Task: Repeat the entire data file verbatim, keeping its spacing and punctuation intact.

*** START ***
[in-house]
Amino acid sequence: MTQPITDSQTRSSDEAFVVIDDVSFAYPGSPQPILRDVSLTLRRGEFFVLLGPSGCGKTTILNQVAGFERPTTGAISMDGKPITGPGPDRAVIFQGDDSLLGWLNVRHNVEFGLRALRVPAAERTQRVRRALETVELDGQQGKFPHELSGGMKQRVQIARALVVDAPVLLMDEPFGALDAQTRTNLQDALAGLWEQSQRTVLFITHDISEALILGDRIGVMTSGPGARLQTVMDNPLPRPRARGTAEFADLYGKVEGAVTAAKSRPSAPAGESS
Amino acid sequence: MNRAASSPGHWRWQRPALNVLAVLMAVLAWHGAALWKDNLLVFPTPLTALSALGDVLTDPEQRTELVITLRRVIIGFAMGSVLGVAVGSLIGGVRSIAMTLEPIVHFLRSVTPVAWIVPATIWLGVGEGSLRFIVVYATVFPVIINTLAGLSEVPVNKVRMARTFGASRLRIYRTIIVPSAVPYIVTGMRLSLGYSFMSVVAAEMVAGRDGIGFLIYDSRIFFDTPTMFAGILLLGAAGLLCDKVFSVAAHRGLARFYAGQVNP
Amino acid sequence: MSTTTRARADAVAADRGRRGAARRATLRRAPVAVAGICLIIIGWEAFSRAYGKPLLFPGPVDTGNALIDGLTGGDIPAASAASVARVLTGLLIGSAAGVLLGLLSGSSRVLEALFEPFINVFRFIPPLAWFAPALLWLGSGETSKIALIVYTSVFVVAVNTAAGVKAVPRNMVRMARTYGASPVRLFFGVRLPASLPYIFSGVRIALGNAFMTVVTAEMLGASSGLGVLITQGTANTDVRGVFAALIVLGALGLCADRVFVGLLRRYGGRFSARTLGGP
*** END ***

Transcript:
[in-house]
Amino acid sequence: MTQPITDSQTRSSDEAFVVIDDVSFAYPGSPQPILRDVSLTLRRGEFFVLLGPSGCGKTTILNQVAGFERPTTGAISMDGKPITGPGPDRAVIFQGDDSLLGWLNVRHNVEFGLRALRVPAAERTQRVRRALETVELDGQQGKFPHELSGGMKQRVQIARALVVDAPVLLMDEPFGALDAQTRTNLQDALAGLWEQSQRTVLFITHDISEALILGDRIGVMTSGPGARLQTVMDNPLPRPRARGTAEFADLYGKVEGAVTAAKSRPSAPAGESS
Amino acid sequence: MNRAASSPGHWRWQRPALNVLAVLMAVLAWHGAALWKDNLLVFPTPLTALSALGDVLTDPEQRTELVITLRRVIIGFAMGSVLGVAVGSLIGGVRSIAMTLEPIVHFLRSVTPVAWIVPATIWLGVGEGSLRFIVVYATVFPVIINTLAGLSEVPVNKVRMARTFGASRLRIYRTIIVPSAVPYIVTGMRLSLGYSFMSVVAAEMVAGRDGIGFLIYDSRIFFDTPTMFAGILLLGAAGLLCDKVFSVAAHRGLARFYAGQVNP
Amino acid sequence: MSTTTRARADAVAADRGRRGAARRATLRRAPVAVAGICLIIIGWEAFSRAYGKPLLFPGPVDTGNALIDGLTGGDIPAASAASVARVLTGLLIGSAAGVLLGLLSGSSRVLEALFEPFINVFRFIPPLAWFAPALLWLGSGETSKIALIVYTSVFVVAVNTAAGVKAVPRNMVRMARTYGASPVRLFFGVRLPASLPYIFSGVRIALGNAFMTVVTAEMLGASSGLGVLITQGTANTDVRGVFAALIVLGALGLCADRVFVGLLRRYGGRFSARTLGGP